Where is your investment property located?


Filing Deadline

France Tax Deadline April 30th

French Property Taxes

Tax Residency

Irish Residents are taxable on worldwide Income and Gains. You are considered tax resident in Ireland if you spend at least 183 days here per year or 280 days over a two year period.

As an Irish tax resident and Irish domiciled person you are liable to tax on your worldwide income and gains. Therefore, if you own and rent a property in France you are liable to Irish income tax on the rents you receive and Irish capital gains tax ("CGT") on the gain if you decide to sell the property. (In addition to any French taxes that may be imposed).

In other words, as an Irish resident and Irish domiciled person, no matter where your property is situated, if you receive rental income or you make a gain on the sale of your property - you are always assessable to tax in Ireland.

Irish Taxation of French Rental Income in Ireland

  • Treat the property as though it is an Irish investment property and deduct all of the allowable deductions available under Irish legislation.
  • Tax the net amount at the marginal rate up to 41% (Plus PRSI & Levies).
  • Take a credit for the French tax paid.
  • Record the French income received as Schedule D Case III in your Irish income tax return and submit the return together with your Irish Case III calculation. Note: if you calculate a loss, this can be carried forward and set against any future Case III liabilities.

Irish Taxation of French Capital Gains

When you sell your French investment property you are liable to CGT in Ireland on the amount of the gain at 25%. (You may also be liable to CGT in France – see below).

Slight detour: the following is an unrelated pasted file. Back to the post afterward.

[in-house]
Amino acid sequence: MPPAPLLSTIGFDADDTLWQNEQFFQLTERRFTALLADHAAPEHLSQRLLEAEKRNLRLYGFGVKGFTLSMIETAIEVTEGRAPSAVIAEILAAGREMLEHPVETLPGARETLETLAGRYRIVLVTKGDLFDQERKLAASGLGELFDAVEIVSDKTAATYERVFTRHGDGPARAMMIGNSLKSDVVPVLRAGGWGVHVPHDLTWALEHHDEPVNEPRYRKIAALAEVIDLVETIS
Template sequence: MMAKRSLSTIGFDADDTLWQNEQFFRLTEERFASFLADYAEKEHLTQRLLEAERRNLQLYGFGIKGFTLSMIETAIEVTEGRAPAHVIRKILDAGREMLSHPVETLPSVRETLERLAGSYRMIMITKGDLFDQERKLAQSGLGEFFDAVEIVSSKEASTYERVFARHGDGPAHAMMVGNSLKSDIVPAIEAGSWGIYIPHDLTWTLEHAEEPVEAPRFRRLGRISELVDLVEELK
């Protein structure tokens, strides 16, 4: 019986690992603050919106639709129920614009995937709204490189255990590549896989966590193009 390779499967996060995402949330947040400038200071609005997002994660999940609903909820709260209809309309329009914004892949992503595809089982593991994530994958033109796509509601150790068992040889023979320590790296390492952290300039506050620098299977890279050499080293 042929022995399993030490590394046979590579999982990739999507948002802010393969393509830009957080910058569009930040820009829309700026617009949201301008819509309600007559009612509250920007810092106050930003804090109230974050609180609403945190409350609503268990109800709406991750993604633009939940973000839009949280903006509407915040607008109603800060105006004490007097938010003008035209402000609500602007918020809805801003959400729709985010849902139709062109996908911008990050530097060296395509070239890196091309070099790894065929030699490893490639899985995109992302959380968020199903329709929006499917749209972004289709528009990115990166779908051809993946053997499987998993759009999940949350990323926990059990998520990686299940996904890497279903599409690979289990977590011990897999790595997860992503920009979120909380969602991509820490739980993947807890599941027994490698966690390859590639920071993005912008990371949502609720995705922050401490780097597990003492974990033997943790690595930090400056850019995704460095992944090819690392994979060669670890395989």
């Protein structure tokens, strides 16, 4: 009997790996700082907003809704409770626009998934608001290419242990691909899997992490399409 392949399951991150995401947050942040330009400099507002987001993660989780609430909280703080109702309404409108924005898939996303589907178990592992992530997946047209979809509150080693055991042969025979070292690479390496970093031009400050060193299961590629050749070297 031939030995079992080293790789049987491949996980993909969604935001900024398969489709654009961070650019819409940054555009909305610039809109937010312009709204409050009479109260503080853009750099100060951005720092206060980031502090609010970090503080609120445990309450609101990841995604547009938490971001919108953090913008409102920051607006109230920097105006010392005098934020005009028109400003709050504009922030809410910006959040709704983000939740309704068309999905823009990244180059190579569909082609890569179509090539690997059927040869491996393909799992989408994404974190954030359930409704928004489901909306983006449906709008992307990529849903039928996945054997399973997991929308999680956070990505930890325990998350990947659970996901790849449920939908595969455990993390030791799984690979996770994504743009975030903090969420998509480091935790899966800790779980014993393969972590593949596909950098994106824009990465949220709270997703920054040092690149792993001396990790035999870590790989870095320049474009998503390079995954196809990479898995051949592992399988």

Irish CGT Payment Dates

  • If you dispose of a chargeable asset on or before 30 November in the tax year, you are obliged to pay Irish CGT at 25% on the gain by 15 December in that tax year.
  • If you dispose of a chargeable asset between 1 December and 31 December in the tax year, you are obliged to pay Irish CGT at 25% on the gain by 31 January in the following tax year. [Differing rates and dates apply to disposal in 2008 and prior years]

French Capital Gains Tax Paid

In most cases, upon disposal of a foreign property you will have paid CGT in the foreign jurisdiction. Therefore, depending on whether a double tax agreement exists between Ireland and the relevant country, you should be entitled to a tax credit in Ireland for any foreign tax paid on the gain.

Unilateral relief has been introduced for individuals for capital gains tax in respect of gains arising in countries with which Ireland has a double tax treaty which was in place prior to the introduction of CGT in 1975.

France is included in this list of countries and therefore the Ireland / France double tax treaty is included. What this means is that where an Irish tax resident individual pays French CGT on the disposal of a French property, a credit will be available when it comes to making your Irish tax return.

In other words, you will not pay tax twice on the same disposal (except where the Irish tax due is higher than the French tax paid - in that case the difference is payable).

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